There’s an app called 365 Days of Flow that I like because its aesthetic is lovely and water color-esque and the daily messages are neither too self-help-y nor too obscure. Sometimes it’s nice to grab your phone in the dim, quiet morning and see a little something that will maybe help you set a tone for the day.

Here’s part of yesterday’s message:

Many studies show that you process experiences faster when you put them down on paper. The act of writing helps you structure your experience, and that makes it easier to let go.

Some of these blog entries surprised me by getting so dark and serious. I came to this space because I wanted somewhere to jot down these weird wedding experiences I’m having — from falling down Pinterest holes full of small, glittered toy animals to stressing about random corners of our budget.

But since getting engaged, I think about parts of my life that haven’t occupied much mental space in years. I feel like my mind is trying to close some loops before I formally enter a next stage of life. My subconscious has an agenda: bring to a conclusion experiences that have quietly lingered within me. Like how my previous relationship ended, coming out, parental relationship dynamics and things like that.

Processing is one of the top lesbian sports. As a people, they do a lot of it and I’m no exception.

So, I find myself describing experiences I had years ago that were profound at the time and I assumed held no power over me anymore. I guess I was wrong about the power of my past, but writing things out has helped me feel better. It’s helped me structure my experience and made it easier for me to let go. Just like ol’ Flow app says.

Engagement feels like not just a time of preparation, but a time of evolution. Maybe those are two sides of the same coin. I know a few people who called off an engagement and that struck me as odd, because if you’re not going to go the distance with someone, wouldn’t you sense that before you even got engaged? It makes a lot more sense to me now, because there are so many part of wedding planning and preparing to be married that are surprising or merely unexpected. It’s a lot of work, not only to plan the day, but to prepare yourself to become someone’s wife. That word, “wife”, has so much more weight to it now. And that freaks me out sometimes.

My girlfriend and I love to travel. Recently we got away to Austin, TX for a long weekend. We sat at this great bar called Cheer Up Charlies and I told her that it almost seems like a bigger deal to stay together when you aren’t married. Every day, all day, it’s my choice whether I stay or go. I’ve been choosing to stay for eight years. At that moment, nursing my gin and tonic under a dark sky full of heat and humidity, being married seemed like letting the wave take you. Being together without a contract felt like choosing to balancing on the crest.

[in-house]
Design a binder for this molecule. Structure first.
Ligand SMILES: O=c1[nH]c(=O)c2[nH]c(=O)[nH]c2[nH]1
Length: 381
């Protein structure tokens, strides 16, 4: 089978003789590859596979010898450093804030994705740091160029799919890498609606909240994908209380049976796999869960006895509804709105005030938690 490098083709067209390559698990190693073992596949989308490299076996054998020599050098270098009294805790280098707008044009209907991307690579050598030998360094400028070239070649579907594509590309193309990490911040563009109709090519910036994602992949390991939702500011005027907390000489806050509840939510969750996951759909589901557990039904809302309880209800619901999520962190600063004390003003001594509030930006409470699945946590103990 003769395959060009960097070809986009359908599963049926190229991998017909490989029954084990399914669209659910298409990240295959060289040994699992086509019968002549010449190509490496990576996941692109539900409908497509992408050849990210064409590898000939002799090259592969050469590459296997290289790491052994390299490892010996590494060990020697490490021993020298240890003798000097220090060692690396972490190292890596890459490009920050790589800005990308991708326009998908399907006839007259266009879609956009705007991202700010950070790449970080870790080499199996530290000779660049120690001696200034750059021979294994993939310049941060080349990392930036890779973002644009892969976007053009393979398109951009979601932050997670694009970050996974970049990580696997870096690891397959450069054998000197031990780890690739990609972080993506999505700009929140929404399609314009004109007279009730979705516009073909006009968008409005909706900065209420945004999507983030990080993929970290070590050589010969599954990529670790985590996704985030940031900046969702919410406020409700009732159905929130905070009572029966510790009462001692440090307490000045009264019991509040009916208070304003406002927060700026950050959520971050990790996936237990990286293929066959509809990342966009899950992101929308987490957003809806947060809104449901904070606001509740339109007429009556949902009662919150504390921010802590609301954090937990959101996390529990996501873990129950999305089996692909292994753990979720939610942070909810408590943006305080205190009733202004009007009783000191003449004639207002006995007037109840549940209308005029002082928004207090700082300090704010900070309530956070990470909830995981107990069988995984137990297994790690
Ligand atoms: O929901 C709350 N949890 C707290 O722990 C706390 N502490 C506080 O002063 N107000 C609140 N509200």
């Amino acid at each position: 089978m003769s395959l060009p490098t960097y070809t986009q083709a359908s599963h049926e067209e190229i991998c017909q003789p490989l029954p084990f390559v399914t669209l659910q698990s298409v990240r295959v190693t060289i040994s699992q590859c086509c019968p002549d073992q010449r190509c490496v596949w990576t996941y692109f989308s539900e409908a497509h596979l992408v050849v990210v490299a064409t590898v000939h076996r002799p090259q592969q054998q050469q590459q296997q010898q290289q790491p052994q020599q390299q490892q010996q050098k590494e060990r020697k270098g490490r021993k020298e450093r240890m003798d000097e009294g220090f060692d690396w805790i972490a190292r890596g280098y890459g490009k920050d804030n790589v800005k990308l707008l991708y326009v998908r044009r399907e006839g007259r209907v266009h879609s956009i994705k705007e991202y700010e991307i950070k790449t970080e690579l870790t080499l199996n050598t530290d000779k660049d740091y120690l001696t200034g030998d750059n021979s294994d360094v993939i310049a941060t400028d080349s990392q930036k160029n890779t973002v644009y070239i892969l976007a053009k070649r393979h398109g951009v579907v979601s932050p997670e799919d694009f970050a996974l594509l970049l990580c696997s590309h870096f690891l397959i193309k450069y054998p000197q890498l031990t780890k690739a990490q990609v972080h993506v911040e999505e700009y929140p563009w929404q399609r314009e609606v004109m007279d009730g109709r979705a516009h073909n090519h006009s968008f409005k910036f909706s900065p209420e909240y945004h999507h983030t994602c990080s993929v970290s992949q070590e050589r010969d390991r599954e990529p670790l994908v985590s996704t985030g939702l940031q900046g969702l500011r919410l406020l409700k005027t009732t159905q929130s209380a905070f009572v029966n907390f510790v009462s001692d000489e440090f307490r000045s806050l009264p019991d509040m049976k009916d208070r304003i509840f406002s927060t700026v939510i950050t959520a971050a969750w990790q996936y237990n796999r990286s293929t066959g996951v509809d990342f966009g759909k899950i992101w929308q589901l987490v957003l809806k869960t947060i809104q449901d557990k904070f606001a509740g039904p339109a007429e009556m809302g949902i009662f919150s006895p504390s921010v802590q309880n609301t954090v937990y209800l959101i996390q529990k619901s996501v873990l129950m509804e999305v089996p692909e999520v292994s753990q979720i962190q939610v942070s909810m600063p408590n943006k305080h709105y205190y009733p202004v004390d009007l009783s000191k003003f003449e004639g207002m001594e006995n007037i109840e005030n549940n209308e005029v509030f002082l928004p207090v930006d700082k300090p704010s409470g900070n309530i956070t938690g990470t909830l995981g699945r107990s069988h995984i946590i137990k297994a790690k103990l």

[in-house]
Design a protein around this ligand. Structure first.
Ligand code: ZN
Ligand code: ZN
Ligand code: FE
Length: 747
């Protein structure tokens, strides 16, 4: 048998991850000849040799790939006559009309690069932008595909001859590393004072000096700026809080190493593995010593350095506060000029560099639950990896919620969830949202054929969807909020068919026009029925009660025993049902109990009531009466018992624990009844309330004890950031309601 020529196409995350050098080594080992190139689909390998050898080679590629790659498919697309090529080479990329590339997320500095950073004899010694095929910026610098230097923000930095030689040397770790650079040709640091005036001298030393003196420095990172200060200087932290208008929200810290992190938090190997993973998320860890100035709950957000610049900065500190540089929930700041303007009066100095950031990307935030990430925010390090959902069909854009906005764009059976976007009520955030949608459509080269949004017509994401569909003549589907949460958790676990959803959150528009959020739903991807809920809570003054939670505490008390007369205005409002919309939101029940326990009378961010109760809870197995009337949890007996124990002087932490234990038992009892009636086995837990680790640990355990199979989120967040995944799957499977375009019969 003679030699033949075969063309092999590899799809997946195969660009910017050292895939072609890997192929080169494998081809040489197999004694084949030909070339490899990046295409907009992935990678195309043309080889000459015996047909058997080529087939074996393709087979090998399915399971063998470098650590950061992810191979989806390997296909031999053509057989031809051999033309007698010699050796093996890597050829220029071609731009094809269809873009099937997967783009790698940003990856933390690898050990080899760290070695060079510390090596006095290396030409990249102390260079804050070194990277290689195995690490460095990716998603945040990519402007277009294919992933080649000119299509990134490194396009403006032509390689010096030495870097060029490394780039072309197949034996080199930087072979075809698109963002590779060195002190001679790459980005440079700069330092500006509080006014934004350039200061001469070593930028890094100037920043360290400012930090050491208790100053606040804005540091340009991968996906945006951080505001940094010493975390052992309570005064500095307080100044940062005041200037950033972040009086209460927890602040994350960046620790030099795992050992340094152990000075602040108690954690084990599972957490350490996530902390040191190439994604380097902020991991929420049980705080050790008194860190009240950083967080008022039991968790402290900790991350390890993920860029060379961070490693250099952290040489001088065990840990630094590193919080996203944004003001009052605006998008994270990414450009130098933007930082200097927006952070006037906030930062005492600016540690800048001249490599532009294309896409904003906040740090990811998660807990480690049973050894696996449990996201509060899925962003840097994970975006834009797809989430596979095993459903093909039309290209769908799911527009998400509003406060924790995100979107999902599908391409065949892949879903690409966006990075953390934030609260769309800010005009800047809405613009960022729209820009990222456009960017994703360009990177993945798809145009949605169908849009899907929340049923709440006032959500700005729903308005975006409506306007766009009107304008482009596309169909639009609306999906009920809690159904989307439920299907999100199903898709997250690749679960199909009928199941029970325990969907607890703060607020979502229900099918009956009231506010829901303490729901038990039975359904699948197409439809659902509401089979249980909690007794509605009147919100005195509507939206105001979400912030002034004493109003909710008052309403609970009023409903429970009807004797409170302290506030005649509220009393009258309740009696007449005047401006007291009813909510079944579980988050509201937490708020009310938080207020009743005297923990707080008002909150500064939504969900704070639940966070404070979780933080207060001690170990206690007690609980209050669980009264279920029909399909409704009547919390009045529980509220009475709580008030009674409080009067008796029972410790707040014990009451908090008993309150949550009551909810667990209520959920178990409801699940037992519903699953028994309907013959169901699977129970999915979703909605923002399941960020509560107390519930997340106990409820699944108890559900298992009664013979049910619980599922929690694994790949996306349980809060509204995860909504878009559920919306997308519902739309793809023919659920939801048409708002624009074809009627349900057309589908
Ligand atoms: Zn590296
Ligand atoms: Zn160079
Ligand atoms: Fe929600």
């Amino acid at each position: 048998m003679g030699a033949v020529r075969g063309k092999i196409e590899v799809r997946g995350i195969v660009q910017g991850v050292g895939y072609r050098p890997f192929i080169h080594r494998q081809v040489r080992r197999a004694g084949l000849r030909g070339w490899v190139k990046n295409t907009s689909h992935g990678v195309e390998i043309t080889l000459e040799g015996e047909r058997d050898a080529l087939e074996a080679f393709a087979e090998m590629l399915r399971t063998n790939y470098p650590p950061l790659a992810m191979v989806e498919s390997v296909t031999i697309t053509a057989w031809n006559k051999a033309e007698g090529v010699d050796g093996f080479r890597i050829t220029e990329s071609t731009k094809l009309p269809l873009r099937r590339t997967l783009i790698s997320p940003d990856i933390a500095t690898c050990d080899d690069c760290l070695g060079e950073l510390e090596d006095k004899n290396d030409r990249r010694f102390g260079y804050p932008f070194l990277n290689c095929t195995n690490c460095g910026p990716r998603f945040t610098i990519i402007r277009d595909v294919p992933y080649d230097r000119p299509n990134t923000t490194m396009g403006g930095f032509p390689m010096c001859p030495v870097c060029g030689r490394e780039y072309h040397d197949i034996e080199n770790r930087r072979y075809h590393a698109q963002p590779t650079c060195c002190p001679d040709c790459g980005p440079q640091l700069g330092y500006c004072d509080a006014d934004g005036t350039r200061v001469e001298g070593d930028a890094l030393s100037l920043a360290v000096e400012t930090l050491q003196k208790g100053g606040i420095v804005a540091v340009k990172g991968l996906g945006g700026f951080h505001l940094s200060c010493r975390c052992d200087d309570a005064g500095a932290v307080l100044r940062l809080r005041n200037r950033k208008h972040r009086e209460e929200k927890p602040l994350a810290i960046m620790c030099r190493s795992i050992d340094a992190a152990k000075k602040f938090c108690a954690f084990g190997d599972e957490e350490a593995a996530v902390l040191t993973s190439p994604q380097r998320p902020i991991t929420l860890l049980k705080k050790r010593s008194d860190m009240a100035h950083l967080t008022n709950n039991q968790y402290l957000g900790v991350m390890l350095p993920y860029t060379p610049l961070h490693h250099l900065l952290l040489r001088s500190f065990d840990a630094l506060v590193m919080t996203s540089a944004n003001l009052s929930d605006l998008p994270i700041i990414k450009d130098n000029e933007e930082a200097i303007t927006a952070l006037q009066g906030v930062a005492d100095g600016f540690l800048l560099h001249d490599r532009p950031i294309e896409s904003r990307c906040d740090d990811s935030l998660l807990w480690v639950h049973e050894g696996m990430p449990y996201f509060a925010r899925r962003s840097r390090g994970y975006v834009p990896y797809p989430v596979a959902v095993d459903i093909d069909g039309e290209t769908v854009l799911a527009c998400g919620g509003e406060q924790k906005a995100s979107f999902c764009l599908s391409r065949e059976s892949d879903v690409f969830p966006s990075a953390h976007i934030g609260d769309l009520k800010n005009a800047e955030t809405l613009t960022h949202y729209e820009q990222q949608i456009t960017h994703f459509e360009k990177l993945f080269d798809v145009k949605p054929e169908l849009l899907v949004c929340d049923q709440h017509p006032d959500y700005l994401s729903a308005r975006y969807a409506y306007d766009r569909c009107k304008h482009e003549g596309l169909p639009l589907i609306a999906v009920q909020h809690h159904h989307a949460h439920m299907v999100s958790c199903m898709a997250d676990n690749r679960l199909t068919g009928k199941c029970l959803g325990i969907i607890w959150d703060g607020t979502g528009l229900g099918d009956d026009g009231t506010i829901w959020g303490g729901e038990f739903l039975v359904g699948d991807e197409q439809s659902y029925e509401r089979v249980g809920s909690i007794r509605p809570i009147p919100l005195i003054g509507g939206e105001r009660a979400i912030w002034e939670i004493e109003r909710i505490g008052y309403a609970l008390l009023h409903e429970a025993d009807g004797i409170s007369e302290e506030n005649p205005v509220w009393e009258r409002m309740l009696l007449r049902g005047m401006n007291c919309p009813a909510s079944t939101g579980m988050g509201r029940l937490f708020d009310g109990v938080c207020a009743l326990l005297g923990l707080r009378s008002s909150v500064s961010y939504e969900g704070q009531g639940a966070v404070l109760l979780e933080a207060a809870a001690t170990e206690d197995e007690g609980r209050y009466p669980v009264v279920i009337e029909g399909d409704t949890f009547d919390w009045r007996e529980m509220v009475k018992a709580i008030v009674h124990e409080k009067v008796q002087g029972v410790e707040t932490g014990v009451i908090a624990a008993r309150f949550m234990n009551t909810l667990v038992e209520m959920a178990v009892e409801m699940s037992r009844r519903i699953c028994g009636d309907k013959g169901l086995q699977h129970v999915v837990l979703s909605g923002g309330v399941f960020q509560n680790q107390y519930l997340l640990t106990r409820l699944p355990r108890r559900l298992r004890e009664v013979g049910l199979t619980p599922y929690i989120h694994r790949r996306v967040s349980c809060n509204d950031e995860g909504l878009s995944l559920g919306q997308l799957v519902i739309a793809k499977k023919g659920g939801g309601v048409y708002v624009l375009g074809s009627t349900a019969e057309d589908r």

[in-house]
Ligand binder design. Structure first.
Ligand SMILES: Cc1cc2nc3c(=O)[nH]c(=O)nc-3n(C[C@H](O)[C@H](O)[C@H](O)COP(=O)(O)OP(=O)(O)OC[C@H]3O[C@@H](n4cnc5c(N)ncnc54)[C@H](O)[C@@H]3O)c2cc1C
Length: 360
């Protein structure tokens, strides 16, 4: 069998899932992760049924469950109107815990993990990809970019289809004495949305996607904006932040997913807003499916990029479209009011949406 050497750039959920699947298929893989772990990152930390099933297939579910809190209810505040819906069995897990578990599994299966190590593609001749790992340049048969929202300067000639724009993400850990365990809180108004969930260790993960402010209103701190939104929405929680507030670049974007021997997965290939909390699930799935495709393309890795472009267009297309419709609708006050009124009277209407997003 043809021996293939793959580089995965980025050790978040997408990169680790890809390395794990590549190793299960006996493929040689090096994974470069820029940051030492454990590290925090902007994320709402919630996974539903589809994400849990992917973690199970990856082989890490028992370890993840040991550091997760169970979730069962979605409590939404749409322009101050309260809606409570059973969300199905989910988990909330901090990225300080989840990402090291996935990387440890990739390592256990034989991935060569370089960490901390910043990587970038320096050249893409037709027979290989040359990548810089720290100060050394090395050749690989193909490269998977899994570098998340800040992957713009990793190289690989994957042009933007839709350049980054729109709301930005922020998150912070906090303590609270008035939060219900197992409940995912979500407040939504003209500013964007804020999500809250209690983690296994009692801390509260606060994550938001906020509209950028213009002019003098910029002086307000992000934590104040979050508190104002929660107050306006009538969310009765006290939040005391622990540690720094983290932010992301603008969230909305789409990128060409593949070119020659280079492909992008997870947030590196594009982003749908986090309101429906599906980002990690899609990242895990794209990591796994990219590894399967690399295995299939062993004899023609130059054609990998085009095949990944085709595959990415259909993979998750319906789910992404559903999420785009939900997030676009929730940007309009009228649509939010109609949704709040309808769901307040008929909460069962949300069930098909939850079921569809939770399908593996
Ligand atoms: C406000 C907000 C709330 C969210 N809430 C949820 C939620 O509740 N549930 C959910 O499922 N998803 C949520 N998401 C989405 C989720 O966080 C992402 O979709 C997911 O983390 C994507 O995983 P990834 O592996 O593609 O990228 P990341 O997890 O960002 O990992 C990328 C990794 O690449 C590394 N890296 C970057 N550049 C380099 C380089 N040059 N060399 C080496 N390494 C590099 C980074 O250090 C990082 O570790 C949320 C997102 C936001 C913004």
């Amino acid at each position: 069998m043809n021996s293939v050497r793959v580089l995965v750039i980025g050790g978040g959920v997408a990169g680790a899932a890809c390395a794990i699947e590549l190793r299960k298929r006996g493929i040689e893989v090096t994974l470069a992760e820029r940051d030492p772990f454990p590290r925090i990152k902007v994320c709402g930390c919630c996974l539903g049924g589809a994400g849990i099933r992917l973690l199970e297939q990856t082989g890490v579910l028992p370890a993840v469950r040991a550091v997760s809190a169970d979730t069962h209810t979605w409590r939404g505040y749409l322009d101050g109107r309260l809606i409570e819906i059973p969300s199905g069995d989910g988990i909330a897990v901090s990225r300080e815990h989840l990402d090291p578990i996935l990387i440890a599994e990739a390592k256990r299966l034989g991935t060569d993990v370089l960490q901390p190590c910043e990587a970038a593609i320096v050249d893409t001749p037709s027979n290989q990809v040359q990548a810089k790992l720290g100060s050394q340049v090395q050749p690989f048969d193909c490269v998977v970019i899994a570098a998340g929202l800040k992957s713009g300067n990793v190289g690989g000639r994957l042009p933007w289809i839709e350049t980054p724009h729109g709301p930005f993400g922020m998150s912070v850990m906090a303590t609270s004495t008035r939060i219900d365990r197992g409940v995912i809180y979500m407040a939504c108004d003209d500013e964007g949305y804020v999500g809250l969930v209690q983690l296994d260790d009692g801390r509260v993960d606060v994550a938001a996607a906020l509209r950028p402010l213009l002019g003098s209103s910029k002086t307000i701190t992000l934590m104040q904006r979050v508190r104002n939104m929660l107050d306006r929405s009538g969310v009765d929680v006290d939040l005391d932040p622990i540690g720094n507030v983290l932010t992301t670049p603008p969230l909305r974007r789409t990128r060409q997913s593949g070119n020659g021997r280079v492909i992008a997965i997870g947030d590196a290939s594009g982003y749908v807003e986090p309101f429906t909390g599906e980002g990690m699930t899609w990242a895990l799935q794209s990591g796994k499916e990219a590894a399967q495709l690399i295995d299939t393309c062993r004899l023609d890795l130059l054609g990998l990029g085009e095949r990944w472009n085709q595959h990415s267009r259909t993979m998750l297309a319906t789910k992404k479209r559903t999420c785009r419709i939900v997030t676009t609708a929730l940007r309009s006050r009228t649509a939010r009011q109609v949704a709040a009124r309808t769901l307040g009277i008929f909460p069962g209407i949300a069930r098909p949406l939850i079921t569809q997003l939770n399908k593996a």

Then I started getting wedding presents. I love all presents, always and everywhere. You could wrap a box of paperclips and it would delight me. Turns out having a wedding registry set up before you have a birthday is great too, because then your family will just send you things from your registry. My parents, brother and sister-in-law got me birthday presents off the registry and opening them was extra delightful. Not only are they beautiful things, they’re the things we’re going to use long into the future as a married couple. We now have 12 matching wine glasses that we can place in the hands of our family and friends at Thanksgiving, Christmas, dinner parties, birthdays, or anytime someone stops by for a chat.

Sure, things are just things. When you live in California, every time you put away a glass, the specter of earthquake rattles the shelf. In a minute of shaking, all those matching glasses could shatter. So it’s not that I’m precious about things. But what’s struck me about getting wedding presents is that it feels like our community is lining our path with palm fronds. Each gift is like a frond lain before us with love in recognition of our journey, to make it more comfortable and to bind us all more closely together. We’ll follow this path down the aisle and it’ll continually lead us back to the people we love who love us right back.

We wouldn’t be getting wedding presents if we weren’t getting married and if we weren’t getting wedding presents, I wouldn’t have been swept into this realization that the things in those enticing boxes are so much more than just pretty possessions off a list. Some waves are more full of meaningful than others, I guess.

But even if the engagement process has kept us on our toes, I’m still worried that being married will turn into taking each other for granted and my girlfriend is too. The antidote that we came up with in Texas is: keep traveling. Get away from what’s familiar and you start to see with a fresh pair of eyes. Get away with another person, and those fresh eyes can remind you why you love them, why it’s so much fun to hang out, or teach you new things about someone you thought you knew inside and out.

And maybe keep writing it all down, too. Processing…

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